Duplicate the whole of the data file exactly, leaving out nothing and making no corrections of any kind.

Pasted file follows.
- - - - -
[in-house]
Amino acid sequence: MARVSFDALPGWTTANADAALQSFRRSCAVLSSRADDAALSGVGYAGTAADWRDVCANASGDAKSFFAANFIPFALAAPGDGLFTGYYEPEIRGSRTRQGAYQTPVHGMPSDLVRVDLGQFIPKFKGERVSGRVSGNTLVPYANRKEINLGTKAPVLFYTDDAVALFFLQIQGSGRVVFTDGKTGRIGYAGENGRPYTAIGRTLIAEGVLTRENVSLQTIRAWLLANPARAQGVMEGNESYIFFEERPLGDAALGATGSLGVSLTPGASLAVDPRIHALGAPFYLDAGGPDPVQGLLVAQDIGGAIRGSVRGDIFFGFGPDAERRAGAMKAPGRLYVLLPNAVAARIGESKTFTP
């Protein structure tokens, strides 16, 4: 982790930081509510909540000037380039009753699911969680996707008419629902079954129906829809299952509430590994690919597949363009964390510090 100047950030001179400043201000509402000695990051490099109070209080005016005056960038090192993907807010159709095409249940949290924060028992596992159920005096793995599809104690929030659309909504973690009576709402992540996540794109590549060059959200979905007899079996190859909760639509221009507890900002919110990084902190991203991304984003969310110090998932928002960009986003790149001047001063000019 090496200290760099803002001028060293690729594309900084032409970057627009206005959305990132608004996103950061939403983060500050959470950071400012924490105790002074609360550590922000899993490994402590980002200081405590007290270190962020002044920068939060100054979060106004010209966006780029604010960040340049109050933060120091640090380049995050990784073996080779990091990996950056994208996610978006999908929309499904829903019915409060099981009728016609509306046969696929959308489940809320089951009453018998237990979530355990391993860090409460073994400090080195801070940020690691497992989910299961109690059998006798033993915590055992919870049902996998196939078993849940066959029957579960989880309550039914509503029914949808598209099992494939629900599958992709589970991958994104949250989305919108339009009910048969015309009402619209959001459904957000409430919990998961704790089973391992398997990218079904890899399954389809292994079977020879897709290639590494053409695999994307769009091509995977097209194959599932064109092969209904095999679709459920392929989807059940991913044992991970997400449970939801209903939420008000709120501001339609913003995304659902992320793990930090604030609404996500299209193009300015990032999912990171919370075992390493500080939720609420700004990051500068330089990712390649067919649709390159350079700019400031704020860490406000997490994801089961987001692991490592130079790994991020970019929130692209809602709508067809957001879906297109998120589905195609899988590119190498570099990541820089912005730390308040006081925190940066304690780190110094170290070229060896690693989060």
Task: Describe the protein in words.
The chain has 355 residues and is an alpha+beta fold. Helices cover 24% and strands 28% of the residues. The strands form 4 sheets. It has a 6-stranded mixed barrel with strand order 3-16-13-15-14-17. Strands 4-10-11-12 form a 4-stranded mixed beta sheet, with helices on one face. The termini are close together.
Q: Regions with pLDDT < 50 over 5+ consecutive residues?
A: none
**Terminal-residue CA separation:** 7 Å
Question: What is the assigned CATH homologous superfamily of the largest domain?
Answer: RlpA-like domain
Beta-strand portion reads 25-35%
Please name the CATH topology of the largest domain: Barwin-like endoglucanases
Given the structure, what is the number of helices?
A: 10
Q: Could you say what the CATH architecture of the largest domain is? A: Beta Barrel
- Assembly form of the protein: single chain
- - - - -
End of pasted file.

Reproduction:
[in-house]
Amino acid sequence: MARVSFDALPGWTTANADAALQSFRRSCAVLSSRADDAALSGVGYAGTAADWRDVCANASGDAKSFFAANFIPFALAAPGDGLFTGYYEPEIRGSRTRQGAYQTPVHGMPSDLVRVDLGQFIPKFKGERVSGRVSGNTLVPYANRKEINLGTKAPVLFYTDDAVALFFLQIQGSGRVVFTDGKTGRIGYAGENGRPYTAIGRTLIAEGVLTRENVSLQTIRAWLLANPARAQGVMEGNESYIFFEERPLGDAALGATGSLGVSLTPGASLAVDPRIHALGAPFYLDAGGPDPVQGLLVAQDIGGAIRGSVRGDIFFGFGPDAERRAGAMKAPGRLYVLLPNAVAARIGESKTFTP
């Protein structure tokens, strides 16, 4: 982790930081509510909540000037380039009753699911969680996707008419629902079954129906829809299952509430590994690919597949363009964390510090 100047950030001179400043201000509402000695990051490099109070209080005016005056960038090192993907807010159709095409249940949290924060028992596992159920005096793995599809104690929030659309909504973690009576709402992540996540794109590549060059959200979905007899079996190859909760639509221009507890900002919110990084902190991203991304984003969310110090998932928002960009986003790149001047001063000019 090496200290760099803002001028060293690729594309900084032409970057627009206005959305990132608004996103950061939403983060500050959470950071400012924490105790002074609360550590922000899993490994402590980002200081405590007290270190962020002044920068939060100054979060106004010209966006780029604010960040340049109050933060120091640090380049995050990784073996080779990091990996950056994208996610978006999908929309499904829903019915409060099981009728016609509306046969696929959308489940809320089951009453018998237990979530355990391993860090409460073994400090080195801070940020690691497992989910299961109690059998006798033993915590055992919870049902996998196939078993849940066959029957579960989880309550039914509503029914949808598209099992494939629900599958992709589970991958994104949250989305919108339009009910048969015309009402619209959001459904957000409430919990998961704790089973391992398997990218079904890899399954389809292994079977020879897709290639590494053409695999994307769009091509995977097209194959599932064109092969209904095999679709459920392929989807059940991913044992991970997400449970939801209903939420008000709120501001339609913003995304659902992320793990930090604030609404996500299209193009300015990032999912990171919370075992390493500080939720609420700004990051500068330089990712390649067919649709390159350079700019400031704020860490406000997490994801089961987001692991490592130079790994991020970019929130692209809602709508067809957001879906297109998120589905195609899988590119190498570099990541820089912005730390308040006081925190940066304690780190110094170290070229060896690693989060």
Task: Describe the protein in words.
The chain has 355 residues and is an alpha+beta fold. Helices cover 24% and strands 28% of the residues. The strands form 4 sheets. It has a 6-stranded mixed barrel with strand order 3-16-13-15-14-17. Strands 4-10-11-12 form a 4-stranded mixed beta sheet, with helices on one face. The termini are close together.
Q: Regions with pLDDT < 50 over 5+ consecutive residues?
A: none
**Terminal-residue CA separation:** 7 Å
Question: What is the assigned CATH homologous superfamily of the largest domain?
Answer: RlpA-like domain
Beta-strand portion reads 25-35%
Please name the CATH topology of the largest domain: Barwin-like endoglucanases
Given the structure, what is the number of helices?
A: 10
Q: Could you say what the CATH architecture of the largest domain is? A: Beta Barrel
- Assembly form of the protein: single chain